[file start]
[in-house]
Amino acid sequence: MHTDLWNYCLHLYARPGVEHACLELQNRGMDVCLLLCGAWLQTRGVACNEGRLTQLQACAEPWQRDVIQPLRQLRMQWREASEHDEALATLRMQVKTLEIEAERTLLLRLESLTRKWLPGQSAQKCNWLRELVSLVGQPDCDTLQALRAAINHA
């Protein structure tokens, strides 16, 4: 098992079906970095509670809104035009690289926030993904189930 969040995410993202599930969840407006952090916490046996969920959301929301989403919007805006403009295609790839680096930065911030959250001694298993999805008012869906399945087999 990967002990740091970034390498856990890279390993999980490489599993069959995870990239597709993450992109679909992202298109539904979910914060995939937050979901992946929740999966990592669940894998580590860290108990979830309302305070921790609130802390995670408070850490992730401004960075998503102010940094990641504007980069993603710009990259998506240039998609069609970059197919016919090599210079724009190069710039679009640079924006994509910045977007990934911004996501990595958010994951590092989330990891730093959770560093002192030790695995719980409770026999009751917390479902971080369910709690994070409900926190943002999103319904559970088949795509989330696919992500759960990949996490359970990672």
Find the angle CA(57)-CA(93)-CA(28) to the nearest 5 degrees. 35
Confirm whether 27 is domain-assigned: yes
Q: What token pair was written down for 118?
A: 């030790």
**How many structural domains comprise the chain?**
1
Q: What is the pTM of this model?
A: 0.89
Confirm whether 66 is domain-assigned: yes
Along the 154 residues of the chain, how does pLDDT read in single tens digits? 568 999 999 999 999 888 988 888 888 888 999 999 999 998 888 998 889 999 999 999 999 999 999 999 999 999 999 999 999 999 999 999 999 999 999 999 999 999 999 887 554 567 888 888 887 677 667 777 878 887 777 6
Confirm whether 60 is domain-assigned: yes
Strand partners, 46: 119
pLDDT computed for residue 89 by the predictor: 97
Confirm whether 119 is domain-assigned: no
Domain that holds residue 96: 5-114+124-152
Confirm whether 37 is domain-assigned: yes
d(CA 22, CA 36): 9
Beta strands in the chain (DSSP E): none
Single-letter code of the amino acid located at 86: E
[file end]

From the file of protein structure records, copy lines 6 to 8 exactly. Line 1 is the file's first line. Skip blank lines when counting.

Q: What token pair was written down for 118?
A: 């030790």
**How many structural domains comprise the chain?**